On the day that Paul Ryan said he really, truly, honestly did not want to be the Republicans’ presidential savior, John Kasich did his best to channel the House speaker. Both undertakings underscored how much trouble the old pro-business, pro-tax-cut conservatism faces.
A cynic might theorize that because absence makes the heart grow fonder, Ryan’s reticence would only make his party hope and pray harder that he would deliver it from catastrophe. But the 46-year-old speaker knows that the 2016 GOP is unlikely to be the vehicle for the neo-Reaganite revival he seeks. He’s much better off waiting until 2020.
Kasich, in the meantime, did what he should have done long ago, casting Donald Trump and Ted Cruz (without naming them) as taking the party down the “path to darkness.”
If you like what Sarah Palin once mocked as “that hopey-changey stuff” (and I do), the Ohio governor’s New York speech was a magnificent relief from the horror movie motifs and exclusionary rhetoric that have become the staples of this year’s Republican contest.
“A political strategy based on exploiting Americans instead of lifting them up inevitably leads to divisions, paranoia, isolation and promises that can never, ever be fulfilled,” Kasich declared.
“We have heard proposals to create a religious test for immigration, to target neighborhoods for surveillance. . . . We have been promised that unpopular laws shall be repealed simply through the will of a strongman in the White House.”
Lest there be any doubt that Kasich had a certain very loud real estate developer in his sights, he offered this: “Some who feed off of the fears and anger that is felt by some of us and exploit it feed their own insatiable desire for fame or attention. That could drive America down into a ditch, not make us great again.”
Kasich urged us toward that most old-fashioned of ideas, national unity. “Fear turns to hope,” he said, “because we remember to take strength from each other.”
All this is lovely, and you can imagine Hillary Clinton, assuming she wins the Democratic nomination, deploying Kasich quotations this fall. One of her new campaign commercials is called “Stronger Together.” It’s a good overall theme for her. We’re stronger when we rise together economically and when we don’t reject each other for reasons of race, ethnicity or religion.
The problem for Kasich involves his solutions. In his speech Tuesday, he proposed a balanced budget; a freeze on most federal regulations; tax cuts for individuals and businesses; sending “welfare, education, Medicaid, highway infrastructure and job training” programs back to the states; a guest worker program; and fixes to Social Security that would certainly involve some cuts.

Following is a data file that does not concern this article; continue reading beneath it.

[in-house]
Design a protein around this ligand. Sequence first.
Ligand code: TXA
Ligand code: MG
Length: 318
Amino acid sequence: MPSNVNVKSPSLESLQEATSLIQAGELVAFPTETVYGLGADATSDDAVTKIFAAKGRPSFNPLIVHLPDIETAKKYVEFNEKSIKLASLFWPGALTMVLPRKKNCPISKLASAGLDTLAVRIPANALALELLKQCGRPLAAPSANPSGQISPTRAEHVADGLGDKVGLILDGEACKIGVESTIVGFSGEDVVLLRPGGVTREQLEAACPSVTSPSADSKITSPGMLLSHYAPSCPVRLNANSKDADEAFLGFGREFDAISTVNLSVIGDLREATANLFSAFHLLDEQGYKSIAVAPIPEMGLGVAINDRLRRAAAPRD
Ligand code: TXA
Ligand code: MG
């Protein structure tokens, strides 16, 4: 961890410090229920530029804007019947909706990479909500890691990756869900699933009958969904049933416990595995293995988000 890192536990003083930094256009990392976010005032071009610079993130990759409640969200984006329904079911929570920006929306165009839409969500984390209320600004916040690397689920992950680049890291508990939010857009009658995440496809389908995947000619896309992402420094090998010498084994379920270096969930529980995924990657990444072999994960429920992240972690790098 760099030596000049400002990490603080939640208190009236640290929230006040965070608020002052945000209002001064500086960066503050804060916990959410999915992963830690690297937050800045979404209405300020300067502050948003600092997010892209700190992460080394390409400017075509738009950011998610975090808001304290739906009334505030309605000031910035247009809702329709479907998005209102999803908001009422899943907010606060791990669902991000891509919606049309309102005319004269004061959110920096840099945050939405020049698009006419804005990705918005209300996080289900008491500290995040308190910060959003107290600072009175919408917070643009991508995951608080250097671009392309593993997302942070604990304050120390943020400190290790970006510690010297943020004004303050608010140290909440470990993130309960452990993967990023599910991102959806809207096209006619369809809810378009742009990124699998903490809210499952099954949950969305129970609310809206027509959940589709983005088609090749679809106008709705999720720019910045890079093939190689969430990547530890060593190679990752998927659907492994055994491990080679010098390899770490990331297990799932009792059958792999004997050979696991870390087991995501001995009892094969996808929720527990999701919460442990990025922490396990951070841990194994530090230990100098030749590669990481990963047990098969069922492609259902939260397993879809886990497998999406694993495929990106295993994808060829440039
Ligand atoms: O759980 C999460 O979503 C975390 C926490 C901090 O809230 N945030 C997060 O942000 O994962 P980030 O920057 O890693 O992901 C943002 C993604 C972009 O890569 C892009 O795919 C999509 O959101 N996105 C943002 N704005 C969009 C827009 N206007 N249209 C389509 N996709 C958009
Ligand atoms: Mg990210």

In other words, he reprises the same agenda conservatives were offering in the 1970s, 1980s and 1990s. It’s an approach that even many in the GOP — particularly working-class Trump supporters — see as inadequate. It also happens to be a variation on Ryanism.
If these policy retreads no longer unify the GOP, they also have little to say about the challenges facing the country in our era.
If you wonder why Republicans have not been able to unite against Trump (or, really, at all), it is because they are divided into increasingly irreconcilable factions.
You can count at least five of them. There are two kinds of social conservatives: those who respond to the religious right’s central concerns, notably opposition to abortion and same-sex marriage; and those who take a hard line on immigration, race, national identity and, increasingly, free trade.
Libertarian Republicans take a consistently small-government view, which often leads them to favor social tolerance and oppose foreign intervention. The neoconservatives are defined primarily by their support for aggressive American engagement in the world, often of a military sort.
And the business-oriented Republicans for whom Kasich and Ryan speak make low taxes and less regulation their highest priority. While their personal attitudes are often similar to those of libertarians — thus the warm openness of Kasich’s oratory — corporate Republicans have been willing in the past to make concessions to social conservatives to win support for their core goals.
Holding all these groups together amiably is now beyond the capacity of even the most gifted GOP politicians. Ryan knows this, which is why he is sticking to his current job and hoping his party can regroup intellectually. Kasich, bless him, wants Republicans to sound a whole lot nicer. But in the clamor of factionalism that plagues the party, the political base for niceness just isn’t big enough.